An obscure federal law called the SAFETY Act recently captured national headlines when MGM Resorts International invoked it in a series of pre-emptive, declaratory judgment law suits against the victims of the 2017 Route 91 Harvest Festival shooting in Las Vegas. MGM sued the victims in an effort to avoid liability in connection with the tragedy. MGM owns the Mandalay Bay hotel, where Stephen Paddock, from his 32nd floor suite, shot and killed 58 people and wounded hundreds more who were attending a the music festival next door.

MGM’s audacious strategy raises a host of questions regarding the scope of the Act’s immunity protections, many of which may remain unanswered since MGM has now paused the declaratory judgment suits, as well as related litigation, in favor of private mediation.

Today, and over the next few weeks, we will take a broader look at the SAFETY Act and its potential significance in the field of cybersecurity. This post is the first in a three-part series that will describe why, in appropriate circumstances, the SAFETY Act can serve as an invaluable tool to help manage litigation risk related to cybersecurity.

Threat Landscape

For organizations with sensitive data (whether it be financial or health information, material non-public information, trade secrets, or personally identifiable information, among other categories of data), hacking, phishing, ransomware and other flavors of cybercrime are becoming an increasingly pervasive organizational risk. As domestic and international criminals become more sophisticated, experts predict that the economic damage related to cybersecurity incidents will continue to rise. One report suggests that the cost of cybercrime globally is estimated to be more than $2 trillion in 2019, almost four times the estimated cost in 2015.

Another recent study estimated that a data breach in the U.S. costs, on average, nearly $8 million, and a “mega breach” (one involving 50 million records) could have a total cost of $350 million. In just the past month, news broke of a phishing attack that comprised 500,000 records, including personal data and health information, from the San Diego Unified School District, and a group called “The Dark Overlord” reported that it hacked into a law firm’s system, installed ransomware, and has since been threatening to sell the firm’s confidential information on the dark web.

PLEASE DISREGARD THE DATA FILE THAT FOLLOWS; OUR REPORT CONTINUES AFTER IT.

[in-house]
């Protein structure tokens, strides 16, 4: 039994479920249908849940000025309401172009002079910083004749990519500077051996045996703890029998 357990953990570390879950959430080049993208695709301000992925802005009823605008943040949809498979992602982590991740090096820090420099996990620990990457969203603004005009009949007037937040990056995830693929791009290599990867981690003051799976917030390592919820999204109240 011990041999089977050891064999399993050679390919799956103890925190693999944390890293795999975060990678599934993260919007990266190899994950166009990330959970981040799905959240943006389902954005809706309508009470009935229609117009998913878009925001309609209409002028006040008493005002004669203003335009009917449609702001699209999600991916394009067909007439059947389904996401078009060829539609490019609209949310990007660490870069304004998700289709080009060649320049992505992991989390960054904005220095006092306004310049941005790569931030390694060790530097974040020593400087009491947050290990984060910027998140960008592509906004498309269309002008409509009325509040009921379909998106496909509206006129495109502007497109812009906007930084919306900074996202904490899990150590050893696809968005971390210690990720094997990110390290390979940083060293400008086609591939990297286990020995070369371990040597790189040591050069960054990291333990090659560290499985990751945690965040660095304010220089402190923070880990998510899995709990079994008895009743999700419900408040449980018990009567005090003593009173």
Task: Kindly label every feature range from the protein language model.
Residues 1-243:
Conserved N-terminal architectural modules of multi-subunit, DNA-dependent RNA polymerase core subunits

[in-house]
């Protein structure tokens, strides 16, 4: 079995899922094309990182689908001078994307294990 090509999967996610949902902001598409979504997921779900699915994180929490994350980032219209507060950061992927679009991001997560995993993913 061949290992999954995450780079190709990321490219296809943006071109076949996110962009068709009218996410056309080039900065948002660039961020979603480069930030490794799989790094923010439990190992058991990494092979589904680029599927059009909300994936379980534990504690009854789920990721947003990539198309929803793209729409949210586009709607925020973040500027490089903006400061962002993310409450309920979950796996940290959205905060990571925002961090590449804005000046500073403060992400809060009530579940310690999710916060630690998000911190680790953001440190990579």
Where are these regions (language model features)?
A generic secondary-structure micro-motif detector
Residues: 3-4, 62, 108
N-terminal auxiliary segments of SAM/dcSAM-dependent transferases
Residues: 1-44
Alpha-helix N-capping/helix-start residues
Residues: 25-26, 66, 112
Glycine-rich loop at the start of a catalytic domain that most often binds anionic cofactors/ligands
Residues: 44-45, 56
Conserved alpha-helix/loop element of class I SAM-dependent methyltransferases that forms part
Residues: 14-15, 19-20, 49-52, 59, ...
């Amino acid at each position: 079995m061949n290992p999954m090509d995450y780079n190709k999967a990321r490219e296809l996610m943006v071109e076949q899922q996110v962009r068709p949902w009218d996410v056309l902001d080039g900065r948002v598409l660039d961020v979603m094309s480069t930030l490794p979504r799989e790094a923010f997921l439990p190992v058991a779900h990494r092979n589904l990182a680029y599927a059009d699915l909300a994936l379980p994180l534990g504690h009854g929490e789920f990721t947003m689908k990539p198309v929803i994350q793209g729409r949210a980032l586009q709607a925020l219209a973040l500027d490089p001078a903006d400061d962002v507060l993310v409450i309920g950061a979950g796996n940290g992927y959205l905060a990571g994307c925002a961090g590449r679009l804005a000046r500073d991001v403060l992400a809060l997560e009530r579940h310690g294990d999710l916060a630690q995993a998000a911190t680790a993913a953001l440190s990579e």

SAFETY Act Basics

The SAFETY Act – short for the Support Anti-Terrorism by Fostering Effective Technologies Act of 2002 – was passed in response to the wave of litigation against airlines, security companies, and airplane manufacturers that followed the September 11th terrorist attacks. The statute was intended to encourage companies to develop and implement anti-terrorism technologies by providing various safeguards to sellers and users of the technologies.

Companies that submit a confidential application detailing their anti-terrorism technology to the Department of Homeland Security (DHS) undergo a rigorous review process and, if approved, are eligible to receive a range of liability protections when that technology is involved in an act of terrorism. The protections generally include a cap on liability that cannot exceed the company’s liability insurance limit, as well as a bar on punitive damages and pre-judgment interest.

Cyber Programs as Technology Under the SAFETY Act

To date, there have been more than 900 public approvals of anti-terrorism technologies under the SAFETY Act. According to publicly available information, the majority of those approvals relate to technologies focused on physical security. The Act, however, also acknowledges the importance of cybersecurity anti-terrorism technology by including “information technology” as a category of eligible anti-terrorism technology. In its implementing regulations for the Act, DHS explicitly recognized that acts of “cyber terrorism” fall within the Act’s definition of an “act of terrorism.”

So far, very few companies have received public approval under the Act for their cybersecurity technologies. For example, just last fall, Southern Company, the Atlanta-based energy company, obtained SAFETY Act approval for its “Cybersecurity Risk Management Program,” which, according to the public description, includes its governance, network security, data protection, incident response, training, and other cybersecurity policies.

The SAFETY Act is not for every organization. There is a matrix of variables that comes into play when deciding whether a business might be a suitable candidate for SAFETY Act consideration. The standards are high and not every organization will fit within its mandate.

But for companies that qualify and are willing to put in the time and effort necessary to make that determination, the benefits can be substantial. It can assist a company both in ensuring that its cyber defenses are set at a high level to prevent a cybercrime incident, as well as decreasing risk to the company (and its officers and directors) if one occurs. In preparing for SAFETY Act consideration, a company undergoes an intensive self-audit to ensure that its cybersecurity defenses are sufficiently robust. Through the confidential application process, DHS may request more information or even highlight areas needing improvement.

In appropriate cases, SAFETY Act approval will no doubt become an increasingly important component of cybersecurity risk management in a variety of industries.